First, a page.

Valerian and the City of a Thousand Planets Review
And the Worst Script Award goes to...
Luc Besson tries to recapture the grand sci-fi-action-comedy blend that made The Fifth Element so magical with this adaptation of the popular French comic book.Unfortunately, he utterly fails. Despite being one of the most expensive films in French history, and featuring more effects shots than Rogue One, Valerian falls down, hard, on its face, when it comes to just about every important element required to make a good movie. If it doesn't involve innovative visual effects and imaginative action, it's basically 12 year old schoolboy standard.Based on the long-running French Valerian and Laureline comic book series, the movie follows Major Valerian and his partner Sergeant Laureline, two highly trained spec ops agents who are drafted in on a covert mission to recover a package, but inadvertently step into a massive intergalactic conspiracy involving alien terrorists, government cover-ups, and planet-killing genocide.
The story is largely a gender-reversed Fifth Element riff, which attempts to cover up its desperate lack of originality by repeatedly going on random and utterly pointless detours that only feed its painfully bloated runtime. One such detour involves Rhianna dancing in different outfits for an inexplicably long time despite being neither entertaining, nor serving the plot whatsoever. This should be more than enough to set off warning bells.
The characters are now Besson-trademark caricatures, requiring no backstory because he's written in every cliche in the book. The cocky, arrogant, hotshot hero in the Tom Cruise / Maverick mold. The tough, gives-as-good-as-she-gets partner/heroine. The friendly sexual-harassment-in-the-workplace banter he pesters her with knowing that eventually she'll come around. Because Besson will make it so. The man writes like a child. These two have zero depth, no tangible backstory to their best-of-the-best existence, are horribly miscast (watch this back to back with Chronicle or The Place Beyond the Pines and you'll wonder what happened to DeHaan, and part of the reason Cara Delevingne gets off lightly is because she's starring in a film with the world's worst singer-who-thought-she-could-be-an-actress-who-seems-to-have-forgotten-Battleship although, to be fair, she's a whole lot more likeable than DeHaan) and have no chemistry whatsoever. This renders almost every word of dialogue between them utterly take-you-out-of-the-movie painful. And they have a lot of words.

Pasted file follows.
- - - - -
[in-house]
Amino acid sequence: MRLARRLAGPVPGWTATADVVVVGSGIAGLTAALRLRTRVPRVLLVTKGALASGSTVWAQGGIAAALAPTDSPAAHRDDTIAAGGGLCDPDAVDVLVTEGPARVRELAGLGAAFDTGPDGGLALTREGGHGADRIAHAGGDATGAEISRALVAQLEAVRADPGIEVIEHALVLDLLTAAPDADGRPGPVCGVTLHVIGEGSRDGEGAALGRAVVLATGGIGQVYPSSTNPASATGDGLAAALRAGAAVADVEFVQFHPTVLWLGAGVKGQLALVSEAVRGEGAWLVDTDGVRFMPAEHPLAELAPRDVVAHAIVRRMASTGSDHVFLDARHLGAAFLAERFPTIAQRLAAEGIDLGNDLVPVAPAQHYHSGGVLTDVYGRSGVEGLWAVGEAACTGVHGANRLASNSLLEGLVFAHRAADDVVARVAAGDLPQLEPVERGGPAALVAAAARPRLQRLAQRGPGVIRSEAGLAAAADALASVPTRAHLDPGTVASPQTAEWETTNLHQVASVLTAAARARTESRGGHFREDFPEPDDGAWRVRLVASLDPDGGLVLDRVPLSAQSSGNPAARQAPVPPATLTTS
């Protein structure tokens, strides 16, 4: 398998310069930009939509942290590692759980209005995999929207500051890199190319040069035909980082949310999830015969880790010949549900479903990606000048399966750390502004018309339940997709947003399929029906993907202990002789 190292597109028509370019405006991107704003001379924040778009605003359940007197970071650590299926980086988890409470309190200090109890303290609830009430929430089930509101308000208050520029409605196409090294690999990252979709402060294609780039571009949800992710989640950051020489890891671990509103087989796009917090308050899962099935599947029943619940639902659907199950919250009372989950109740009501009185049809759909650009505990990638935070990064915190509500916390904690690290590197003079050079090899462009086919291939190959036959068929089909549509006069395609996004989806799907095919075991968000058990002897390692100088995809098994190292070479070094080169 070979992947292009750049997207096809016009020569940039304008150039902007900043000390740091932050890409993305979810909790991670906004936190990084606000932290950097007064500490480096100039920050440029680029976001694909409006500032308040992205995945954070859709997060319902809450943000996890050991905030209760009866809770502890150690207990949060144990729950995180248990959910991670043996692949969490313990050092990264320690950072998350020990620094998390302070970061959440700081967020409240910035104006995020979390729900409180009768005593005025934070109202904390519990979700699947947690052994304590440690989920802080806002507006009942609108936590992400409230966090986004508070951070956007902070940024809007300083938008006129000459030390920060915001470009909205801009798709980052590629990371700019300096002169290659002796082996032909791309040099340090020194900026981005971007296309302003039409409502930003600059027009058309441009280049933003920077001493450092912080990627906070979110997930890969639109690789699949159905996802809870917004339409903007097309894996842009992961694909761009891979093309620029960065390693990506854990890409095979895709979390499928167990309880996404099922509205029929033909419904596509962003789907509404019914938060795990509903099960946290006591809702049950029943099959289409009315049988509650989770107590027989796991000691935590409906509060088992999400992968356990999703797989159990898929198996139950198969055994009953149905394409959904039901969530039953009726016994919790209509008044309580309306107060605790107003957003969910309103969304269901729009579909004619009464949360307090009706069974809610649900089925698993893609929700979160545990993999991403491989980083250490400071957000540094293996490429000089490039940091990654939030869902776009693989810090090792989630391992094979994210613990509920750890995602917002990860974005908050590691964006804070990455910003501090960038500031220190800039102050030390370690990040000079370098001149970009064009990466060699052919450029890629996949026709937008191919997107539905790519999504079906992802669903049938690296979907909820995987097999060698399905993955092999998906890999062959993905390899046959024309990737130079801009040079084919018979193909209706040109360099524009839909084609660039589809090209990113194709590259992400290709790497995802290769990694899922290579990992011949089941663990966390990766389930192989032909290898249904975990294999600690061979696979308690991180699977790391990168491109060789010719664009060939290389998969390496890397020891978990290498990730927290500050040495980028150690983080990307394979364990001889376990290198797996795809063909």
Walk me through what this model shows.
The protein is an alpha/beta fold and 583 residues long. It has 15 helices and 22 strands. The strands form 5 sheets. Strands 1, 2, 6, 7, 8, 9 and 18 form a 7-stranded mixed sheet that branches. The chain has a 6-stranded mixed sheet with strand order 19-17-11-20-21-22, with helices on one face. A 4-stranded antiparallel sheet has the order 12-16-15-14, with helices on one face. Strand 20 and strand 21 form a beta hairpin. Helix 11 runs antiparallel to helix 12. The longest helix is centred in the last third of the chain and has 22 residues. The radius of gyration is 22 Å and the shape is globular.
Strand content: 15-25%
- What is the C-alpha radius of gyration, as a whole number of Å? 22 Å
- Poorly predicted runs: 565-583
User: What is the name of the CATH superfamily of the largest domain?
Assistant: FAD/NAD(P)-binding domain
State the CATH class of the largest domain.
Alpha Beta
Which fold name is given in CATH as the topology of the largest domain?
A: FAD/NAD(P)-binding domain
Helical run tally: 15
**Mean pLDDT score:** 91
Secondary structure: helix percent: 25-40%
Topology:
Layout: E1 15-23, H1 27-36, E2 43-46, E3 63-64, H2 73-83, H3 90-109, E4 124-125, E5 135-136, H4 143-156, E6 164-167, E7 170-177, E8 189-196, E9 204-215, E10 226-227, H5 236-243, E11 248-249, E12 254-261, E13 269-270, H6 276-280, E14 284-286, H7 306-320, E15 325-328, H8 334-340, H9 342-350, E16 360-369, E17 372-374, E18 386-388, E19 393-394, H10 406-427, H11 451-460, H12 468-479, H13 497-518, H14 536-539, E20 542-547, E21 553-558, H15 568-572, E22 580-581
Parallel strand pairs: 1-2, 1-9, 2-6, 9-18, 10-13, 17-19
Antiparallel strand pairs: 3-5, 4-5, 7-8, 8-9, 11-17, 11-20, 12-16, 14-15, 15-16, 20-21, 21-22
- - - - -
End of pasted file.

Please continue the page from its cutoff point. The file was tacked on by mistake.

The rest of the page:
Besson can't write characters, only caricatures; can't write dialogue, only regurgitate cliches; can't write a story, just remixes other stories.
Clive Owen takes a big fat Brando paycheck for 15 minutes of his life and a complete loss of all dignity and credibility (things have got to be bad when Owen can't bring some gravitas to a bad movie), and Ethan Hawke... Besson can't write characters, he can only write caricatures; he can't write dialogue, he can only regurgitate cliches; he can't write a story, he can just remix other, better stories. There are hints of Star Wars, Star Trek, Avatar, Guardians of the Galaxy and, of course, Besson's own, far better, The Fifth Element. But whilst, 20 years ago, Besson's flair for imaginative visuals and continental flavouring managed to turn a simple idea into a kooky gem - a brilliant fusion of action, sci-fi and, curiously, comedy - he clearly doesn't have the magic anymore. His ideas and attempts at bottling lightning just fall flat. His comedy is inept and childish (indeed his attempts at 'romance' will likely prove unintentionally hilarious), and whilst his action and sci-fi efforts are admirable, they are utterly drowned out by the rest of the dross.
Valerian offers a first half hour of surprisingly compelling, innovative sci-fi fantasy - bringing forward some genuinely good ideas (the future-VR-style bazaar is utter genius), and a great Star Wars-ish fun vibe to the Star Trek landscape. The inane dialogue between the lead characters distracts, but there's more than enough decent setup to propel you into the main narrative, where Besson's wide-eyed child's mind actually benefits the piece, resulting in some of the most amazing visuals you'll see on the Big Screen this year, culminating, towards the end of the first act, with a tremendous extended chase sequence that has the lead character barge his way head-first through different 'worlds'. Unfortunately it's all sharply downhill from there and the Fifth Element-lite finale doesn't come close to redeeming the woefully misguided, plodding middle act.
Trim at least half an hour from the saggy middle, strip it down to the simple core narrative, and thus lose the 10 minute 'flashback/recap/exposition' scene towards the end, and then remove every single line of dialogue between the lead characters (again, Besson's view of 'marriage proposals' appears to be that of a 12 year old boy) and maybe, just maybe, this'd be a fun, flashy, visual ride. Rather than a big, botched, bloated mess which will be likely better enjoyed/endured in the comfort of your own home.
Our Review Ethos
To comment on what you've read here, click the Discussion tab and post a reply.